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Case Reports in Anesthesiology
Volume 2018, Article ID 8278603, 3 pages
https://doi.org/10.1155/2018/8278603
Case Report

Preoperative Fasting Guidelines in Children: Should They Be Revised?

Saint George Hospital-University Medical Center, Beirut, Lebanon

Correspondence should be addressed to Hazem Kafrouni; moc.oohay@inuorfakmezah

Received 4 February 2018; Revised 4 July 2018; Accepted 15 July 2018; Published 26 August 2018

Academic Editor: Jian-jun Yang

Copyright © 2018 Hazem Kafrouni and Rami El Ojaimi. This is an open access article distributed under the Creative Commons Attribution License, which permits unrestricted use, distribution, and reproduction in any medium, provided the original work is properly cited.

Abstract

Children presenting with ingestion of foreign bodies need gastroscopy as a primary management modality. A controversy lies regarding guidelines for preoperative fasting among children with low risk of aspiration and intraoperative complications. This case report represents cases of children who ingested foreign bodies and underwent fasting at different times preoperatively. With mounting evidence questioning the benefits of long durations of fasting in decreasing the risk of aspiration and with studies showing that fasting for more than 2 hours after ingestion of clear fluid does not significantly alter gastric pH or volume, these incidental findings raise the question of whether it is safe to keep children NPO, for a shorter duration before the administration of anesthesia. In addition, this report shows that current guidelines are in need of revision.

1. Introduction

General anesthesia has been documented to attenuate protective laryngeal reflexes and to increase the risk of pulmonary aspiration. According to American Society of Anesthesiologists (1999), Association of Paediatric Anaesthetists of Great Britain and Ireland (2003), and European Society of Anaesthesia (2005), the times needed are 2 h of preoperative fasting for clear fluids, 4 h of fasting for breast milk, and 6 h of fasting for solids [1]. Glucose gradually becomes hepatic glycogenolysis during fasting, in which ketogenesis becomes the main source of energy. Ketoacidosis has been distinguished among children who are less than 3 years old who fasted for more than 7 hours; this has affected the levels of ketone bodies and led to hypotension on induction of anesthesia [2]. According to literature, children who were allowed to drink 2h preoperatively, had lower gastric pH than those who fasted for a duration longer than 2 hours. Moreover, these children were reported to be less irritable than others [3, 4].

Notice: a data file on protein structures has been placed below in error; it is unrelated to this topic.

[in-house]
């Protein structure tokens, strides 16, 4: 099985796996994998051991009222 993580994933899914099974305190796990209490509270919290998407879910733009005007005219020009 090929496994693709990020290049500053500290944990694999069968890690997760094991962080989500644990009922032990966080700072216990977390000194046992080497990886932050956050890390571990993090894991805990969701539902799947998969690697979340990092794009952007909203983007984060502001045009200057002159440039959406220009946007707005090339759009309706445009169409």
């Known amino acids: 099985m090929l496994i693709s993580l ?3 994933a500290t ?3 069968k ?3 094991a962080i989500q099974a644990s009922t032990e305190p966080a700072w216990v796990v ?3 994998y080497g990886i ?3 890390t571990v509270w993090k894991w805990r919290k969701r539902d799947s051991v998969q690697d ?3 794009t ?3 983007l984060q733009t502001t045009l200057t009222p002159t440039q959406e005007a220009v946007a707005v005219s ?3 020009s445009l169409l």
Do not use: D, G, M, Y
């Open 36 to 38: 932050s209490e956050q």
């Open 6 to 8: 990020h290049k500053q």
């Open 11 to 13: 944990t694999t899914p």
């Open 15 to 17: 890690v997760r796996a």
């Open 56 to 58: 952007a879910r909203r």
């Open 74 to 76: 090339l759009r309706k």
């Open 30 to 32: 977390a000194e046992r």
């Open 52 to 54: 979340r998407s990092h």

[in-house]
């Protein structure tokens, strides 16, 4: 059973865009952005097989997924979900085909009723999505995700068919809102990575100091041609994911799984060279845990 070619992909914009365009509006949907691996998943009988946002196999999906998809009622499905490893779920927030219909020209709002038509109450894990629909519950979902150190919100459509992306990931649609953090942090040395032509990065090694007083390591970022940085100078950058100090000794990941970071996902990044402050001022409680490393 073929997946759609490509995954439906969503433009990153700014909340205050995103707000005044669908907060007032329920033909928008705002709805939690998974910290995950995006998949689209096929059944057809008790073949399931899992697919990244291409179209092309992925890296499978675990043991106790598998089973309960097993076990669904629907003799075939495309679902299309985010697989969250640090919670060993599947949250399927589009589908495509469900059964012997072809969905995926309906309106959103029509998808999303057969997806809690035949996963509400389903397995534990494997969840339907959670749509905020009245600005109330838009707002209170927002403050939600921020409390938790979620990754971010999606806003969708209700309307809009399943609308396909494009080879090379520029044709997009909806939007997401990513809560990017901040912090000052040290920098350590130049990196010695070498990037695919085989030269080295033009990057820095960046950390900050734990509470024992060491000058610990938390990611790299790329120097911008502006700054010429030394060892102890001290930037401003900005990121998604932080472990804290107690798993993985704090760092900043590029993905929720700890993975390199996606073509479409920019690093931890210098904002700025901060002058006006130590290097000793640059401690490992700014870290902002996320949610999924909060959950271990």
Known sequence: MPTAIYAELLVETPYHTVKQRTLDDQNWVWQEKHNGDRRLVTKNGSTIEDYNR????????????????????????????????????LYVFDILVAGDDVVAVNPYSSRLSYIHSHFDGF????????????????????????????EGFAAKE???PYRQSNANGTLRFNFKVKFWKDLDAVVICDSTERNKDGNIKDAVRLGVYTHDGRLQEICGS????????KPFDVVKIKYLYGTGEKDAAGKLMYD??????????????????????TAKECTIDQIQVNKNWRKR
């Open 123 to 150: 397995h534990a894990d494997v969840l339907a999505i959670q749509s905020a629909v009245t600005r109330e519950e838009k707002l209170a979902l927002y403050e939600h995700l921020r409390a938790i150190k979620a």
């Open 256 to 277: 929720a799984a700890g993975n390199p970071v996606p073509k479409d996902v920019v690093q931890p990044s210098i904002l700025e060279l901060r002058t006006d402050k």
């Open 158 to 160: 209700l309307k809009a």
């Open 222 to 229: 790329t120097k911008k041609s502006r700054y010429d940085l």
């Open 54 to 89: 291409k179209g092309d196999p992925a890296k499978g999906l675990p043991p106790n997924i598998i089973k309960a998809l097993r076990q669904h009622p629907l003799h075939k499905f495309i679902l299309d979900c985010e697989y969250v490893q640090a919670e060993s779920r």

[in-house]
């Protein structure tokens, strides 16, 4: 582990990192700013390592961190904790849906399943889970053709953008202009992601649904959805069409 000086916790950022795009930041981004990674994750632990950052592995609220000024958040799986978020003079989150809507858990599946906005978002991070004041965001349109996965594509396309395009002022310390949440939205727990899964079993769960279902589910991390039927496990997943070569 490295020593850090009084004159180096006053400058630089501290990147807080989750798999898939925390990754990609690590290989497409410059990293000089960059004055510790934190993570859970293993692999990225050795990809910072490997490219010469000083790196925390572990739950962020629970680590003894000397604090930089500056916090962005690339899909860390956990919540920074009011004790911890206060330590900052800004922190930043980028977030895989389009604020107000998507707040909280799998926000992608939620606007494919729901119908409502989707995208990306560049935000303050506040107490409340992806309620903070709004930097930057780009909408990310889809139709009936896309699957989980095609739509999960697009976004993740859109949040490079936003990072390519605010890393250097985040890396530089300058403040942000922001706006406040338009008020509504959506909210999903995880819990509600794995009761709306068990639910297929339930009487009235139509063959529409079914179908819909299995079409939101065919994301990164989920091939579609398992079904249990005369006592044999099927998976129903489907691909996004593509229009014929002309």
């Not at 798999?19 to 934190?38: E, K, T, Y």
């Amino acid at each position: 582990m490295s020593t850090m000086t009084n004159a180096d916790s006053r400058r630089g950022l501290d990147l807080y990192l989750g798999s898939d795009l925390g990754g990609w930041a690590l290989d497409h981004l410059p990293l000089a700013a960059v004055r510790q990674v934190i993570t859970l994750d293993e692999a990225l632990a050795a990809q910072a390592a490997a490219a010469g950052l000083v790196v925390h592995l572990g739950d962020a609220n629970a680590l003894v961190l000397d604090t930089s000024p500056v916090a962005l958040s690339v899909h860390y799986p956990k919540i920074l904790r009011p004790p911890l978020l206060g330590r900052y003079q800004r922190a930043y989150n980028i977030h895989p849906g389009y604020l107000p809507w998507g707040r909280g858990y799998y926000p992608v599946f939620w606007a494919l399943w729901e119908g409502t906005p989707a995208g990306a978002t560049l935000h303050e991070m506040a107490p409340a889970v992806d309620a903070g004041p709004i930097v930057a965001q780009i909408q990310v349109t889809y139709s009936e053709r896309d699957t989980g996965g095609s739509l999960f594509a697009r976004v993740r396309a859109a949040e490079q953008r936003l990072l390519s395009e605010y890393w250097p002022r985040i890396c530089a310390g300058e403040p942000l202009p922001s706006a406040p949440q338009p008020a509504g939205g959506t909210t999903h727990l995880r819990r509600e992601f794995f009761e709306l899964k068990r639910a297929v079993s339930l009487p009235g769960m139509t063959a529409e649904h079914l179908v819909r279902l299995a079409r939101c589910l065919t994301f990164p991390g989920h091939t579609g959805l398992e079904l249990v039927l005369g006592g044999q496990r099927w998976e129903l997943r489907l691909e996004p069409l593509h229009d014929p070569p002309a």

2. Case Description

Three pediatric patients presented with ingestion of a foreign body and were sent for gastroscopy for retrieval. All three patients had full stomachs and thus rapid sequence intubation with cricoid pressure using xylocaine, propofol, fentanyl, and succinylcholine was performed for induction of general anesthesia, before the procedure.

Case 1. A 5-year-old boy (height: 108 cml weight: 16.5 kg) who had sandwich 4 hours ago was brought to the operating rooms for removal of a coin that he has ingested 3 hours prior to presentation. A gastroscopy was performed under general anesthesia and the foreign body was successfully retrieved. Interestingly, no food residues were observed in the stomach (Figure 1).

Figure 1

Case 2. A 4-year-old girl (Height: 100.5 cm; weight: 15 kg) who had cereal 3 hours prior to presentation underwent a gastroscopy for the removal of a pebble that is the size of 1 euro coin that she has ingested 4 hours prior to presentation. After ingestion, the patient was directly admitted to the emergency room. The foreign body was successfully retrieved and again the patient had no food in her stomach with only gastric secretions.